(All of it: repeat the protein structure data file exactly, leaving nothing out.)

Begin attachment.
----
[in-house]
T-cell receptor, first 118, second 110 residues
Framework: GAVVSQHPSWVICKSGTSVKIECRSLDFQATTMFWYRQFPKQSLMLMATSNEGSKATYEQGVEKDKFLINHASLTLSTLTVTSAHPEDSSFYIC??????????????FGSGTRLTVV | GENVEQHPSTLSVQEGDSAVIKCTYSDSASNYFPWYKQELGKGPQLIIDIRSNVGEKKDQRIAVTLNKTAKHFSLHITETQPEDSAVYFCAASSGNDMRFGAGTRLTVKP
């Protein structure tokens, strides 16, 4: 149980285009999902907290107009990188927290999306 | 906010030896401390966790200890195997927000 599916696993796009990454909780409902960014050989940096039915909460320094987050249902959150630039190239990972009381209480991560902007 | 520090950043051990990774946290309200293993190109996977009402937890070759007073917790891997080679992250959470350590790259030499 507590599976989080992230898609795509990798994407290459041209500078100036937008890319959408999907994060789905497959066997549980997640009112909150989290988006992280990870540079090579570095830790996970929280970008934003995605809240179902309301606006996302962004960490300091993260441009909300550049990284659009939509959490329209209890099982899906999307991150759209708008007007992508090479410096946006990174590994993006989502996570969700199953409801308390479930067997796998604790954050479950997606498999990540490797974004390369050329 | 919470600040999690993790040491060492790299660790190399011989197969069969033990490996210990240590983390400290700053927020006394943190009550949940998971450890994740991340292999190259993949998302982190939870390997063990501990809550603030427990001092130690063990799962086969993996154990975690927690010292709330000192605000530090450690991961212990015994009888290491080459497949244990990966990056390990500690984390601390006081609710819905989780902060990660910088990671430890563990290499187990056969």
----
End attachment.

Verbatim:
[in-house]
T-cell receptor, first 118, second 110 residues
Framework: GAVVSQHPSWVICKSGTSVKIECRSLDFQATTMFWYRQFPKQSLMLMATSNEGSKATYEQGVEKDKFLINHASLTLSTLTVTSAHPEDSSFYIC??????????????FGSGTRLTVV | GENVEQHPSTLSVQEGDSAVIKCTYSDSASNYFPWYKQELGKGPQLIIDIRSNVGEKKDQRIAVTLNKTAKHFSLHITETQPEDSAVYFCAASSGNDMRFGAGTRLTVKP
């Protein structure tokens, strides 16, 4: 149980285009999902907290107009990188927290999306 | 906010030896401390966790200890195997927000 599916696993796009990454909780409902960014050989940096039915909460320094987050249902959150630039190239990972009381209480991560902007 | 520090950043051990990774946290309200293993190109996977009402937890070759007073917790891997080679992250959470350590790259030499 507590599976989080992230898609795509990798994407290459041209500078100036937008890319959408999907994060789905497959066997549980997640009112909150989290988006992280990870540079090579570095830790996970929280970008934003995605809240179902309301606006996302962004960490300091993260441009909300550049990284659009939509959490329209209890099982899906999307991150759209708008007007992508090479410096946006990174590994993006989502996570969700199953409801308390479930067997796998604790954050479950997606498999990540490797974004390369050329 | 919470600040999690993790040491060492790299660790190399011989197969069969033990490996210990240590983390400290700053927020006394943190009550949940998971450890994740991340292999190259993949998302982190939870390997063990501990809550603030427990001092130690063990799962086969993996154990975690927690010292709330000192605000530090450690991961212990015994009888290491080459497949244990990966990056390990500690984390601390006081609710819905989780902060990660910088990671430890563990290499187990056969």